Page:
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Senate encryption bill draft mandates 'technical assistance'

Senate encryption bill draft mandates 'technical assistance'

A long-awaited Senate Intelligence Committee encryption bill would force companies to provide “technical assistance” to government investigators seeking locked data, according to a discussion draft obtained by The Hill.

The measure, from Committee Chairman Richard BurrRichard Mauze BurrCollusion judgment looms for key Senate panel The National Trails System is celebrating 50 years today — but what about the next 50 years? Key conservation fund for parks set to expire MORE (R-N.C.) and ranking member Dianne FeinsteinDianne Emiel FeinsteinTop Judiciary Dems call for unredacted 'zero tolerance' memo MSNBC's Nicolle Wallace: I told Jeb Bush 'he should have punched' Trump 'in the face' Kavanaugh tensions linger after bitter fight MORE (D-Calif.), is a response to concerns that criminals are increasingly using encrypted devices to hide from authorities.

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While law enforcement has long pressed Congress for such legislation, the tech community and privacy advocates warn that it would undermine security and endanger online privacy.

The nine-page discussion draft fits with its backers’ promise to produce a succinct bill. It's also subject to change, as it has not yet been introduced.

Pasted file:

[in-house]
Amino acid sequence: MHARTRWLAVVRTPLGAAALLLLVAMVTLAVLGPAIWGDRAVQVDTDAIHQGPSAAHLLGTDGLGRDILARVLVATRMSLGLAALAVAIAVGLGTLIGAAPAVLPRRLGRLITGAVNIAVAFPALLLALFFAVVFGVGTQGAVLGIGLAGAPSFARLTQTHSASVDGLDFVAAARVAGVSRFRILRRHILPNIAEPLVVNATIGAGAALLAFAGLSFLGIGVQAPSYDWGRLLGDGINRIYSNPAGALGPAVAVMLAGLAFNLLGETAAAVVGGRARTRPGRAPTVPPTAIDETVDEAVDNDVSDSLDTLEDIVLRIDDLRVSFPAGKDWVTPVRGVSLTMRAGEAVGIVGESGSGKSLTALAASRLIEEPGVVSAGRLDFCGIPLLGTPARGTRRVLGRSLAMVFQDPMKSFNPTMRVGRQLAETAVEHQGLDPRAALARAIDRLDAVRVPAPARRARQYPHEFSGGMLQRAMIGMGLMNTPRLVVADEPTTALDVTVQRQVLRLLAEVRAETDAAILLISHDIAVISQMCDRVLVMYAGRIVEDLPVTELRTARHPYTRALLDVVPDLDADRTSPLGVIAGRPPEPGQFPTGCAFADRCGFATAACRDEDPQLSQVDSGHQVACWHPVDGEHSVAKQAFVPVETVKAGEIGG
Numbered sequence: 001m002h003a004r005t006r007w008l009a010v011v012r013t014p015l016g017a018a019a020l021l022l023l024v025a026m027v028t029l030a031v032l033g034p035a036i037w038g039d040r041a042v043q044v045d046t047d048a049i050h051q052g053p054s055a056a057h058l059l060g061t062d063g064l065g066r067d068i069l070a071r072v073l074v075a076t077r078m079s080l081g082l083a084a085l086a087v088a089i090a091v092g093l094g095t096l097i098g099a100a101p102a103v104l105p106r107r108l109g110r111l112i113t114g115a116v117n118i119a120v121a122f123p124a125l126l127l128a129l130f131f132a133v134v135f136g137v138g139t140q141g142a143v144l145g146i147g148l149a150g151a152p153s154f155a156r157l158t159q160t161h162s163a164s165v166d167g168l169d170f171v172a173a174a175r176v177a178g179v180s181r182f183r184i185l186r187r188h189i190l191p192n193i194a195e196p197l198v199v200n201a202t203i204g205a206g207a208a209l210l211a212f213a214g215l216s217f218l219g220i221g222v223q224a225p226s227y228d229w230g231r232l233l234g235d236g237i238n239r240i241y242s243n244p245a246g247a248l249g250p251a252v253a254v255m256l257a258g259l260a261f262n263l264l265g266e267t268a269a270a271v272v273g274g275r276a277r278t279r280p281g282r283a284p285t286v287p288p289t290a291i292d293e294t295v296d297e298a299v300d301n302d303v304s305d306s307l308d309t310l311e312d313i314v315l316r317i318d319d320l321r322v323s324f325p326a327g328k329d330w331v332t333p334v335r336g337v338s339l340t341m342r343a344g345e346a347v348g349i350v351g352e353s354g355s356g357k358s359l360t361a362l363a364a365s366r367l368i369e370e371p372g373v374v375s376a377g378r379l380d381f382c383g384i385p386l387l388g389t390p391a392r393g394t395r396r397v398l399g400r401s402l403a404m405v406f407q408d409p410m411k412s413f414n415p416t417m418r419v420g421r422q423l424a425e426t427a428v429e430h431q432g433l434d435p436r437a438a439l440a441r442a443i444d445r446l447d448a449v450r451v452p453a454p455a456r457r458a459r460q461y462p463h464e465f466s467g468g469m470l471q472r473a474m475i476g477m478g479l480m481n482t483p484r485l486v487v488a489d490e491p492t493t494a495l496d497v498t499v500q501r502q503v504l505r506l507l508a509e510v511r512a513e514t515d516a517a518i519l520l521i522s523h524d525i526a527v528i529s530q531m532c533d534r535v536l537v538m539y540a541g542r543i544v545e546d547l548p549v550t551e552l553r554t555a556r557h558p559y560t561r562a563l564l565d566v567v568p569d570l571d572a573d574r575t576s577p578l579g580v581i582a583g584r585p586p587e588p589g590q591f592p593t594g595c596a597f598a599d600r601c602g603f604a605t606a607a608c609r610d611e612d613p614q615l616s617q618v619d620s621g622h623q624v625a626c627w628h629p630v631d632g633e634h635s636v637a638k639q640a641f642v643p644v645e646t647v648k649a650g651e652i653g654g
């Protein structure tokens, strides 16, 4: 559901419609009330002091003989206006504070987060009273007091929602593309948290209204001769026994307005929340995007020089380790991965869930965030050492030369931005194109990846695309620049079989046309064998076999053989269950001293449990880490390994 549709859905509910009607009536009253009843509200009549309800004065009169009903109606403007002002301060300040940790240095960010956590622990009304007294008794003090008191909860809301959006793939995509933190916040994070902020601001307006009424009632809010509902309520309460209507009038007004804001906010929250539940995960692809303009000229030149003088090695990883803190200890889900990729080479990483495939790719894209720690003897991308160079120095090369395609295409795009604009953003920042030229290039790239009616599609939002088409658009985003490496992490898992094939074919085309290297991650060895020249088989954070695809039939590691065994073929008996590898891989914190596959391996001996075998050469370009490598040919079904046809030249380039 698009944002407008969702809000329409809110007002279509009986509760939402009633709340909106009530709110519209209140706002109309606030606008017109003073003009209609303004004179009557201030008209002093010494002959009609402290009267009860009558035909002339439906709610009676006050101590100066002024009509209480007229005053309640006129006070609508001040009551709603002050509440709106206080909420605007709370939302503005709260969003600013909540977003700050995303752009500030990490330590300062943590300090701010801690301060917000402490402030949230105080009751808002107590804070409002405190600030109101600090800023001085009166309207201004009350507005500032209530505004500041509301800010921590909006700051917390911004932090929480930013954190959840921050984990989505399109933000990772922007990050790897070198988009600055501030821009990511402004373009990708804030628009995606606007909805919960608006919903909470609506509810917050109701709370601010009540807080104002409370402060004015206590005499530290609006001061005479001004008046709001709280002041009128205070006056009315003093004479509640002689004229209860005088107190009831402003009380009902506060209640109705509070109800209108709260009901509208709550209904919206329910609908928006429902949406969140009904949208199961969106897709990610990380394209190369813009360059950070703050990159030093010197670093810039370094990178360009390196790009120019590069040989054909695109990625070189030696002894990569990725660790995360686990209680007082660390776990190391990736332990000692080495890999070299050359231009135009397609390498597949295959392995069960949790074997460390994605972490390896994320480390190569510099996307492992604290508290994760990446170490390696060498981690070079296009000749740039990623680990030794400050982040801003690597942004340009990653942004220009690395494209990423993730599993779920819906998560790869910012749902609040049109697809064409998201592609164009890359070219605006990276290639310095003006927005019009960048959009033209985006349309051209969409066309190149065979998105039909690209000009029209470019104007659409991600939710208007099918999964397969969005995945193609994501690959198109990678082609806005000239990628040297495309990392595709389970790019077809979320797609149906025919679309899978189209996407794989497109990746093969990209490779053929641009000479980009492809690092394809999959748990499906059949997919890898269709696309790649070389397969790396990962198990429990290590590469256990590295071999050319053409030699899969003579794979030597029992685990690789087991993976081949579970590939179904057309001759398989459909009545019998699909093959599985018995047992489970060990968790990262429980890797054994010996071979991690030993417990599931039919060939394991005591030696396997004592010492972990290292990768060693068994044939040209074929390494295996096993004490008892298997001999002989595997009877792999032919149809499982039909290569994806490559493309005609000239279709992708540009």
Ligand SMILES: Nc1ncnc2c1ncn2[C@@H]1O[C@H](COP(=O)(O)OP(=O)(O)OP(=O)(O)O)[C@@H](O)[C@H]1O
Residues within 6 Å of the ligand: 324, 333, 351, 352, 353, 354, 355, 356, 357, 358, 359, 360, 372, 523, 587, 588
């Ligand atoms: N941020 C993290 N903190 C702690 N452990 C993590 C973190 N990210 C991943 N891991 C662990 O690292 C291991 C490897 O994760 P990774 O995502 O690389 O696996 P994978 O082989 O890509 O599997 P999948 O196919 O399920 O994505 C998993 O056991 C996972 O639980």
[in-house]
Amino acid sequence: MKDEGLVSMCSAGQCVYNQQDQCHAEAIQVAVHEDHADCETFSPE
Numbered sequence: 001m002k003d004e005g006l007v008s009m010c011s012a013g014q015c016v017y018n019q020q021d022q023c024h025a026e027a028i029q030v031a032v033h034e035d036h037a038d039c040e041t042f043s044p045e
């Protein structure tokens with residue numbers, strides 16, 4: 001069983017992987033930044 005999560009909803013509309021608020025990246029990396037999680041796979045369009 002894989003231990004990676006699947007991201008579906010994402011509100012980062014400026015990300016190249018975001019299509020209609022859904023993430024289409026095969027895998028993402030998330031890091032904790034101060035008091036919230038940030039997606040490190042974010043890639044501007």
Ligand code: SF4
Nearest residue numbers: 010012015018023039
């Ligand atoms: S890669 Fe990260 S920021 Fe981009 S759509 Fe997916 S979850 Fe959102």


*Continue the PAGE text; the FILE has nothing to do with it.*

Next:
"We're still working on finalizing a discussion draft and as a result can’t comment on language in specific versions of the bill," Burr and Feinstein said in a joint statement. "We’re still in the process of soliciting input from stakeholders and hope to have final language ready soon.”

The measure states that a company must provide “information or data” to the government “in an intelligible format” when served with a court order.

If the company cannot meet this standard, it must offer “technical assistance as is necessary to obtain such information or data,” according to the draft.

The bill covers a wide array of companies and individuals that facilitate digital chatting, including device and software manufacturers, as well as providers of electronic communication services.

The type of data the government can seek under the bill encompases communications, details about the identities of the people communicating and any information stored remotely or on a device.

It’s not clear what would happen if a company did not comply with the requirements laid out in the bill.

See the full text below.

--This post was updated at 10:59 a.m.

Burr Encryption Bill - Discussion Draft